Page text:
Michael Hanna


The Functional Relevance of Probed Information: A Case Study
Michael Hanna | Roberto Zamparelli | David Mareček
Proceedings of the 17th Conference of the European Chapter of the Association for Computational Linguistics

Recent studies have shown that transformer models like BERT rely on number information encoded in their representations of sentences’ subjects and head verbs when performing subject-verb agreement. However, probing experiments suggest that subject number is also encoded in the representations of all words in such sentences. In this paper, we use causal interventions to show that BERT only uses the subject plurality information encoded in its representations of the subject and words that agree with it in number. We also demonstrate that current probing metrics are unable to determine which words’ representations contain functionally relevant information. This both provides a revised view of subject-verb agreement in language models, and suggests potential pitfalls for current probe usage and evaluation.


ACT-Thor: A Controlled Benchmark for Embodied Action Understanding in Simulated Environments
Michael Hanna | Federico Pedeni | Alessandro Suglia | Alberto Testoni | Raffaella Bernardi
Proceedings of the 29th International Conference on Computational Linguistics

Artificial agents are nowadays challenged to perform embodied AI tasks. To succeed, agents must understand the meaning of verbs and how their corresponding actions transform the surrounding world. In this work, we propose ACT-Thor, a novel controlled benchmark for embodied action understanding. We use the AI2-THOR simulated environment to produce a controlled setup in which an agent, given a before-image and an associated action command, has to determine what the correct after-image is among a set of possible candidates. First, we assess the feasibility of the task via a human evaluation that resulted in 81.4% accuracy, and very high inter-annotator agreement (84.9%). Second, we design both unimodal and multimodal baselines, using state-of-the-art visual feature extractors. Our evaluation and error analysis suggest that only models that have a very structured representation of the actions together with powerful visual features can perform well on the task. However, they still fall behind human performance in a zero-shot scenario where the model is exposed to unseen (action, object) pairs. This paves the way for a systematic way of evaluating embodied AI agents that understand grounded actions.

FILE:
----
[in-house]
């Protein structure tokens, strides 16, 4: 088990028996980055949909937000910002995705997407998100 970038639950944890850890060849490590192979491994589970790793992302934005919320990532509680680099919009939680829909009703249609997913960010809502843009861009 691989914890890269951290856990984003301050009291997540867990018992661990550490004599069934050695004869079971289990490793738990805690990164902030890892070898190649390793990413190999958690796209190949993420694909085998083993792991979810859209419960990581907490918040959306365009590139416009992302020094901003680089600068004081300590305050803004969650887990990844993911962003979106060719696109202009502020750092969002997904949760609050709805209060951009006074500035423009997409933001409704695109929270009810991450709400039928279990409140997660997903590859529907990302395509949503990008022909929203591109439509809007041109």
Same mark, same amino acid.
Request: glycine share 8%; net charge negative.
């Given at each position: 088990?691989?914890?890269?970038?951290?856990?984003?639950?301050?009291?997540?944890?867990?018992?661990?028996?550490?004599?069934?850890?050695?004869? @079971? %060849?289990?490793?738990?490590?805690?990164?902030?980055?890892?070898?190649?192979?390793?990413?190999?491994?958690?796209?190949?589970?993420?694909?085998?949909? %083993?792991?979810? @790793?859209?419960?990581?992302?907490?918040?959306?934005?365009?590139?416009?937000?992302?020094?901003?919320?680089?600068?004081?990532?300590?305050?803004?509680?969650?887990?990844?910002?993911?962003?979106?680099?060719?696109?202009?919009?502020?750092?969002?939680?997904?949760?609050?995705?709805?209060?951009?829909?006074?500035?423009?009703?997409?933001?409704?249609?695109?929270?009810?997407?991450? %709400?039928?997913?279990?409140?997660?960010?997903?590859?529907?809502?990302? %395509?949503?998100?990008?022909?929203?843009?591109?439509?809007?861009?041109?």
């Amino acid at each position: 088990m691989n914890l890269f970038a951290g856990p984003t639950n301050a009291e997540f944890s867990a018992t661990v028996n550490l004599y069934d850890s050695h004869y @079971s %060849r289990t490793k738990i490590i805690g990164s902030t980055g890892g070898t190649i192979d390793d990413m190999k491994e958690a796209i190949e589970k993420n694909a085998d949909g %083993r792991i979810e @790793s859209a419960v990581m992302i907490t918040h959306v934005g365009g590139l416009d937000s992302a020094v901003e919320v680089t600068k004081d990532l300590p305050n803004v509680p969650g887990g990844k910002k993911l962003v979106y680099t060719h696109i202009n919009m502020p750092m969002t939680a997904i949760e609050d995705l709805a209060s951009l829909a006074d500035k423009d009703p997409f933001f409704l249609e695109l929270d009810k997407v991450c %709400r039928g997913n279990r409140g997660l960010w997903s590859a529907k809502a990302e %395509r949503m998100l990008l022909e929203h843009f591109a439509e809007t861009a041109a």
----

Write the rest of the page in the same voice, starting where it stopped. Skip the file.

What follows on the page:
Analyzing BERT’s Knowledge of Hypernymy via Prompting
Michael Hanna | David Mareček
Proceedings of the Fourth BlackboxNLP Workshop on Analyzing and Interpreting Neural Networks for NLP

The high performance of large pretrained language models (LLMs) such as BERT on NLP tasks has prompted questions about BERT’s linguistic capabilities, and how they differ from humans’. In this paper, we approach this question by examining BERT’s knowledge of lexical semantic relations. We focus on hypernymy, the “is-a” relation that relates a word to a superordinate category. We use a prompting methodology to simply ask BERT what the hypernym of a given word is. We find that, in a setting where all hypernyms are guessable via prompting, BERT knows hypernyms with up to 57% accuracy. Moreover, BERT with prompting outperforms other unsupervised models for hypernym discovery even in an unconstrained scenario. However, BERT’s predictions and performance on a dataset containing uncommon hyponyms and hypernyms indicate that its knowledge of hypernymy is still limited.

A Fine-Grained Analysis of BERTScore
Michael Hanna | Ondřej Bojar
Proceedings of the Sixth Conference on Machine Translation

BERTScore, a recently proposed automatic metric for machine translation quality, uses BERT, a large pre-trained language model to evaluate candidate translations with respect to a gold translation. Taking advantage of BERT’s semantic and syntactic abilities, BERTScore seeks to avoid the flaws of earlier approaches like BLEU, instead scoring candidate translations based on their semantic similarity to the gold sentence. However, BERT is not infallible; while its performance on NLP tasks set a new state of the art in general, studies of specific syntactic and semantic phenomena have shown where BERT’s performance deviates from that of humans more generally. This naturally raises the questions we address in this paper: what are the strengths and weaknesses of BERTScore? Do they relate to known weaknesses on the part of BERT? We find that while BERTScore can detect when a candidate differs from a reference in important content words, it is less sensitive to smaller errors, especially if the candidate is lexically or stylistically similar to the reference.